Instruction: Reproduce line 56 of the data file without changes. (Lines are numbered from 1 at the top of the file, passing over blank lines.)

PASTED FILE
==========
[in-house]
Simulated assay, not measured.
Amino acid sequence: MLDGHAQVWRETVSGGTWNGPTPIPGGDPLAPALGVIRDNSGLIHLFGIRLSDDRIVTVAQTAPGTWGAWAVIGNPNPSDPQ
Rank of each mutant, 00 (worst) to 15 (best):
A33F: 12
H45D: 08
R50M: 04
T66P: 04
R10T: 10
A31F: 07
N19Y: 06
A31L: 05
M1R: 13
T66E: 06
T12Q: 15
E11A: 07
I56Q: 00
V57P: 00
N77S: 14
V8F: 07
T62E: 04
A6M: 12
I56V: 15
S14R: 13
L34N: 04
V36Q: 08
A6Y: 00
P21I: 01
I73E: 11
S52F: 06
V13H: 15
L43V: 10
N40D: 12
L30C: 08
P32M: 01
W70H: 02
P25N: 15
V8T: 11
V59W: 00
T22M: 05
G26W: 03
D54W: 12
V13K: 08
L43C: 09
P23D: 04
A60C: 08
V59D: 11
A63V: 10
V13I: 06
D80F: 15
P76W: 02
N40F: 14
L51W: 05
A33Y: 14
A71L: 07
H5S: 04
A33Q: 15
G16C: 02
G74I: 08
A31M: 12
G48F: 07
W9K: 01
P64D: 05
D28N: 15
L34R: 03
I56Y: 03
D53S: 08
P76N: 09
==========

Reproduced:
H5S: 04